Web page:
Armenian newspapers react to Thursday’s scandalous dismissal of Ukraine’s first post-revolution government by President Viktor Yushchenko with headlines like “Revolution Gobbles Its Offspring,” “Love Story Is Over” and “Revolutionaries Split.”
“Haykakan Zhamanak” tries to imagine “an Armenian variant of the Ukrainian scenario.” “Imagine Local Government Minister Hovik Abrahamian calling a news conference and announcing his resignation on the grounds that he can not work corrupt with officials like Security Council Secretary Serzh Sarkisian and presidential aide Armen Gevorgian. The latter, denying the accusations made by Hovik Abrahamian, step down, saying that their good reputation is more important for them than anything else and that they can not remain in the office while those accusations are being investigated because the public would regard that as pressure on the inquiry.”
Turning to Armenian reality, “Haykakan Zhamanak” continues: “We are not threatened by such upheavals because everybody here is corrupt to such an extent that nobody can accuse anyone else of corruption.”
The head of the Council of Europe office in Yerevan, Bojana Urumova, tells “Hayots Ashkhar” that the unfolding local elections across Armenia will again put to a test the authorities’ commitment to democracy. “If there are vote irregularities, voters will have a weighty reason not to participate in the [November constitutional] referendum,” she says.
“Chorrord Ishkhanutyun” believes that the Armenian authorities “used” Albert Bazeyan and Vagharshak Harutiunian to cause a split within the opposition Hanrapetutyun party. “The authorities needed to split the last organized and revolution-minded force ahead of the constitutional referendum,” writes the weekly paper.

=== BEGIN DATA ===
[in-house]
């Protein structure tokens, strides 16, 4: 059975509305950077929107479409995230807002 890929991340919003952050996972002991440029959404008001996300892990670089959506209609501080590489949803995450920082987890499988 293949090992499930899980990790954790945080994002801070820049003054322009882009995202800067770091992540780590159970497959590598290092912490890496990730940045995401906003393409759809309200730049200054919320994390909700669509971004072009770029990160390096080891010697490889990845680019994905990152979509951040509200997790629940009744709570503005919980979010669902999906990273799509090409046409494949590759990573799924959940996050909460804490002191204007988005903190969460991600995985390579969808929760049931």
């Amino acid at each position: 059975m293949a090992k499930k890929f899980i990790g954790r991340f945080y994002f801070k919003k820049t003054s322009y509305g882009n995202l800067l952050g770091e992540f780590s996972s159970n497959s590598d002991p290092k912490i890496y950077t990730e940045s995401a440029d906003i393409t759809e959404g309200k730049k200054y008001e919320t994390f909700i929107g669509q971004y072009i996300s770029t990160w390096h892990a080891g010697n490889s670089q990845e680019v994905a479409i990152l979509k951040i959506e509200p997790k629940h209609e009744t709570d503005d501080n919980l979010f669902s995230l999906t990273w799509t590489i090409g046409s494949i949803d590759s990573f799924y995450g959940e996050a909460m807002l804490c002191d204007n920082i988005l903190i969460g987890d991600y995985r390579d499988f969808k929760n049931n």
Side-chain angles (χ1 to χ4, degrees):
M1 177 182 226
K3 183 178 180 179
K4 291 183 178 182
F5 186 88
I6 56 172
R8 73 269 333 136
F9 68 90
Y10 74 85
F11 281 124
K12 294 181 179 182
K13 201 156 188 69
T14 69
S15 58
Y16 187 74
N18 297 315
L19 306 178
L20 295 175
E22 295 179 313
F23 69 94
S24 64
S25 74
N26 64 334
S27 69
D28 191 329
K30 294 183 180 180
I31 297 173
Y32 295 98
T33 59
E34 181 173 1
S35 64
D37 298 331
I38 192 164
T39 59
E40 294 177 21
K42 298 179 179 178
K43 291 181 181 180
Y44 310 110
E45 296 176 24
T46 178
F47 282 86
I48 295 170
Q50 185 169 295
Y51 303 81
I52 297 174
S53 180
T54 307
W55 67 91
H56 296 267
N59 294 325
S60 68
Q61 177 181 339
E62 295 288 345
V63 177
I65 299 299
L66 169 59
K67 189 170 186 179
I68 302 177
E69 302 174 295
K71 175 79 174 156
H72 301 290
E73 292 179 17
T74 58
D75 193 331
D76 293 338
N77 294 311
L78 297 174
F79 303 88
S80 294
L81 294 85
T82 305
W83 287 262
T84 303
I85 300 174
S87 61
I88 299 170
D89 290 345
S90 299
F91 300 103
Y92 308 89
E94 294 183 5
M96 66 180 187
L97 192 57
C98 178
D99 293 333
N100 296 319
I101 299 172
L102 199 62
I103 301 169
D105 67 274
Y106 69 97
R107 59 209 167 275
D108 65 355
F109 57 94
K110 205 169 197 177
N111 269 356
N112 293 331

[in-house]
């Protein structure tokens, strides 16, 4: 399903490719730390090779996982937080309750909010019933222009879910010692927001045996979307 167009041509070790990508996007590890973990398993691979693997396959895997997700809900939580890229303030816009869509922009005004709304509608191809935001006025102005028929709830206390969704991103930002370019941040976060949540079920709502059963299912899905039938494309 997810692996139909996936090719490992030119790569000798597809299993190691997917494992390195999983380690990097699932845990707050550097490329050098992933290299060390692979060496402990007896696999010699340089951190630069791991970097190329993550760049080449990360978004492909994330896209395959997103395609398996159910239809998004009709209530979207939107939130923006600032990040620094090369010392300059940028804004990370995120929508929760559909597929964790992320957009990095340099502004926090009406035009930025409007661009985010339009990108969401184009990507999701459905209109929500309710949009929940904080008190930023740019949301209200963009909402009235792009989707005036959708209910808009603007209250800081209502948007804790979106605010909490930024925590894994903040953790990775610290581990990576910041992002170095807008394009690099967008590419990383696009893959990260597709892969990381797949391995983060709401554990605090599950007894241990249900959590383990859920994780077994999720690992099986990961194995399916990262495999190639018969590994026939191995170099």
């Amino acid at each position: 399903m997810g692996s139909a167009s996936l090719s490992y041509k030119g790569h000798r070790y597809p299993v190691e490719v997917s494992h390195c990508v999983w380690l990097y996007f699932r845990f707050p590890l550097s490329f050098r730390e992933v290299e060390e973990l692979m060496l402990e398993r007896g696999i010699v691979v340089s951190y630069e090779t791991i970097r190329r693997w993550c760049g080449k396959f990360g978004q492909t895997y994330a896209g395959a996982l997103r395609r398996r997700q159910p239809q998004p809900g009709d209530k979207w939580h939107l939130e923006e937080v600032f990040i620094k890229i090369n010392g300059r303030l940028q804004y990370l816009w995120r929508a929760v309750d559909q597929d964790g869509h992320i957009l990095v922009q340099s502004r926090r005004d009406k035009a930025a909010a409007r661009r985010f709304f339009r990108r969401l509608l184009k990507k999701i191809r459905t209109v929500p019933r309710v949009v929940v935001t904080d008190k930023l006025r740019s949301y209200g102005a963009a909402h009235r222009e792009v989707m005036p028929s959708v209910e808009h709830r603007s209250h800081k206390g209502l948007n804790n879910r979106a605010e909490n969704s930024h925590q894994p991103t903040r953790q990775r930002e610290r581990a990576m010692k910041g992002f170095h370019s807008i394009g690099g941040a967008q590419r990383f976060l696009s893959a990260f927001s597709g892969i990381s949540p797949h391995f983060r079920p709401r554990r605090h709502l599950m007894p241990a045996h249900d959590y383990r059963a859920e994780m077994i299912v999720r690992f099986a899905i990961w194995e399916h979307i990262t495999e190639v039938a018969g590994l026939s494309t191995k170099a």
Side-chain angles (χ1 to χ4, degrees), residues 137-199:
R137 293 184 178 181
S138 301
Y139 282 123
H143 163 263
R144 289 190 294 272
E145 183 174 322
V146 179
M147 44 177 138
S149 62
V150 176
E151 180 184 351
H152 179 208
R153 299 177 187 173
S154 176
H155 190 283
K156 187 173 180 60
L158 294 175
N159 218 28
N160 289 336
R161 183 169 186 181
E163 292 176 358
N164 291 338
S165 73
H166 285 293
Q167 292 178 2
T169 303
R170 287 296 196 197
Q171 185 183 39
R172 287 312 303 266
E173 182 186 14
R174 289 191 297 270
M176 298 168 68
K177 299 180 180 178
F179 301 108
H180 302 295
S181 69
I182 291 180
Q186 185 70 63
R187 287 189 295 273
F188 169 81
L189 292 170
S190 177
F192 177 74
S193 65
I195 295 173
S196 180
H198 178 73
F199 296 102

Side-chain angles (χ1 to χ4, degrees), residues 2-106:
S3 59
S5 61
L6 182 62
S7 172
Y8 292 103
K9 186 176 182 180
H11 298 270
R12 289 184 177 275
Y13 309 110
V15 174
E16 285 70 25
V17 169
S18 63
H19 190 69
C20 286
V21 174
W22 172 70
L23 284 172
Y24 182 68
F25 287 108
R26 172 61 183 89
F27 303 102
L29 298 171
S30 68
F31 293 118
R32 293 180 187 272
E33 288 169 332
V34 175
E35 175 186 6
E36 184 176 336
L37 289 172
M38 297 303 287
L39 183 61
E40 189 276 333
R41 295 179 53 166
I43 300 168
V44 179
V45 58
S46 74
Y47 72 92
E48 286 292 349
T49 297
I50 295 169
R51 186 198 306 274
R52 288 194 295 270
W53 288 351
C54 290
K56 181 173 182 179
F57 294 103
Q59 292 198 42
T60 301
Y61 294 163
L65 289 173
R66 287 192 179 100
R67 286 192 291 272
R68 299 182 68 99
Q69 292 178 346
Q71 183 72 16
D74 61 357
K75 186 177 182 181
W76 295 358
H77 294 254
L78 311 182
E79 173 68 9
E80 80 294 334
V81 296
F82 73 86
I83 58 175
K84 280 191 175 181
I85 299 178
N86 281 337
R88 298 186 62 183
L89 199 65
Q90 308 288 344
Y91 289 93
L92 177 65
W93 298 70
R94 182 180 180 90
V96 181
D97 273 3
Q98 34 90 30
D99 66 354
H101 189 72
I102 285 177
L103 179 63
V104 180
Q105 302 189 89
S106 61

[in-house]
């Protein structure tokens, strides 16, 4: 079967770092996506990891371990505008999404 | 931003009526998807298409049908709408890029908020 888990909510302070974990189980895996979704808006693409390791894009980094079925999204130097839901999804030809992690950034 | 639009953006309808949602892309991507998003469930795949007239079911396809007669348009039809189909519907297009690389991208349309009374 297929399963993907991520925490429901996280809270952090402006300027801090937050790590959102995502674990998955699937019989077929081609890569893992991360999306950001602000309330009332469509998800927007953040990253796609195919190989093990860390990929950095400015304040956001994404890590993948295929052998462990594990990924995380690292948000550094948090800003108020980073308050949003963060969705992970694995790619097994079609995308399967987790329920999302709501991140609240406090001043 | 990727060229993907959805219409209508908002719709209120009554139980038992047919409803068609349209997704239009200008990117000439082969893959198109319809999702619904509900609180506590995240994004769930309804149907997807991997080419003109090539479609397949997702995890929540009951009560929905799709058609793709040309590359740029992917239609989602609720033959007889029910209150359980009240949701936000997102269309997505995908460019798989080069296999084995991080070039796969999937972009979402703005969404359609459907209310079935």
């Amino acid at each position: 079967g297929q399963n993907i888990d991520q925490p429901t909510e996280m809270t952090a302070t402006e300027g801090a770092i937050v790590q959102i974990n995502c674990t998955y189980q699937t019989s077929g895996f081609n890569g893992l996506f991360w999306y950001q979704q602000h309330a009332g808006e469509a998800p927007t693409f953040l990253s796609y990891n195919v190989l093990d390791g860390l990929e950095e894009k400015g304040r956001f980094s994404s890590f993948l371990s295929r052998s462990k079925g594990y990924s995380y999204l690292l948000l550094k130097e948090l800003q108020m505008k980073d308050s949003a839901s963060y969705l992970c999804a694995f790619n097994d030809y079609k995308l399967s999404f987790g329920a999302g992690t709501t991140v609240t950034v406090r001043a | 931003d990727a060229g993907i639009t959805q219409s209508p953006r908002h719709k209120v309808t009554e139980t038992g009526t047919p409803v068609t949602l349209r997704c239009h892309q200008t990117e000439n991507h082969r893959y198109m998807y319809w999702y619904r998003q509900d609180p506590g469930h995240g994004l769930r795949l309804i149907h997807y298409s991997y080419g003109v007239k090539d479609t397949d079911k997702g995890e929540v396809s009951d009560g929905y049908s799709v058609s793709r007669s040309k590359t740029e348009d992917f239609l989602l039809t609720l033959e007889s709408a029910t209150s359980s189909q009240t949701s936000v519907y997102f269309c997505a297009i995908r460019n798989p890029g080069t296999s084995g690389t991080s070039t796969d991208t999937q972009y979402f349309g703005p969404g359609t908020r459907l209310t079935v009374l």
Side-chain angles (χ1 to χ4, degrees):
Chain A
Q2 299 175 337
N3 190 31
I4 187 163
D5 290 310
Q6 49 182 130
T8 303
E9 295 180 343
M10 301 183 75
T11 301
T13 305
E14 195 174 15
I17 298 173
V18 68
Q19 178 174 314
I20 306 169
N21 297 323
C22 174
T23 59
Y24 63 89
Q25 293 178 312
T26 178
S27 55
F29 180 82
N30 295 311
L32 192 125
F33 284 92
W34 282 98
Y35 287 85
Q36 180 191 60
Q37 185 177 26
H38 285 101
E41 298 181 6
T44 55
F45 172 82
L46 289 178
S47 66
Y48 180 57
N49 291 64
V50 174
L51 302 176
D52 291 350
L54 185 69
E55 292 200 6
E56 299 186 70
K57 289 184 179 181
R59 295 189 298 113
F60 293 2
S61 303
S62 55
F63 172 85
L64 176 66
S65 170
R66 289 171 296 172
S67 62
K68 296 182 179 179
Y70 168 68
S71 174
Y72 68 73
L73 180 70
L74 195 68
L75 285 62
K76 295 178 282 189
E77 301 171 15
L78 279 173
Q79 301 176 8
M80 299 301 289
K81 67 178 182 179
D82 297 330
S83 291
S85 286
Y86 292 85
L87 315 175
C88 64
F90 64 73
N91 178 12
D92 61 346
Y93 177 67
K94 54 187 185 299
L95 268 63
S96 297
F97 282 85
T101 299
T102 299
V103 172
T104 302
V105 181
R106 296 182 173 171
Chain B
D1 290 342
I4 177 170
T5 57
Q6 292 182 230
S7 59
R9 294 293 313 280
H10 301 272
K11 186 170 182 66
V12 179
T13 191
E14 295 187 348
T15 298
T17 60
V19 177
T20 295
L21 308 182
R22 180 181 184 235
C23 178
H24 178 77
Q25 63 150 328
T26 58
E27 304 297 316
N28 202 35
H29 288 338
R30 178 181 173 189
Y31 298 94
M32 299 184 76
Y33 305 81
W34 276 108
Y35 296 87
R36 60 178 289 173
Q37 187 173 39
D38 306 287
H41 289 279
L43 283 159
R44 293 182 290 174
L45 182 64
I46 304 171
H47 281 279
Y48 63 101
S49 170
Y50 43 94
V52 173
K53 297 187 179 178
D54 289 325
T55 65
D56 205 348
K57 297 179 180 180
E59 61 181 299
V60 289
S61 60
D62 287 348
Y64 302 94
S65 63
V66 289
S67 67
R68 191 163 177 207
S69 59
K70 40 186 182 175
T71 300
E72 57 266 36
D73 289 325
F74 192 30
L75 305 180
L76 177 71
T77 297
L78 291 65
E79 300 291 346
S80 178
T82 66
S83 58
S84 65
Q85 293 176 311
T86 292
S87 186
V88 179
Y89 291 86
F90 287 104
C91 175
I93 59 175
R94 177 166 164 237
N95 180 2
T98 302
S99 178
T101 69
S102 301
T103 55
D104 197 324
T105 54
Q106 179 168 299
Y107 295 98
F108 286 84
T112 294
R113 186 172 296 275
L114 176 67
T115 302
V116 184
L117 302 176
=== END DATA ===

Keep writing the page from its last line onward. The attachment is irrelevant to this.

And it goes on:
“The wave of color revolutions in the post-Soviet space is gradually waning,” writes “Iravunk.” The paper says this is good news for the Armenian and Azerbaijani governments that are bracing for trouble in the upcoming national votes.
“With the adoption of a constitution based European standards, our state and society get a big advantage in regional competition,” editorializes “Yerkir.” “We will thereby have a qualitatively new country with qualitatively new development prospects, with a new capacity to ensure our security and attain our national goals.”
“Chorrord Ishkhanutyun” believes that the construction of two new avenues in central Yerevan did not warrant the destruction of old houses and eviction of their residents. “In this case, the state simply decided to sell the land to private individuals and pledged to cleanse the territory of redundant things. Namely, the people.”
“Azg” reports that the black market of pre-paid mobile phone cards issued by ArmenTel continues to thrive despite claims to the contrary made by the Greek-owned company. “It’s been three or four months since mobile connection collapsed and many are using mobile phones as notebooks or watches,” says the paper.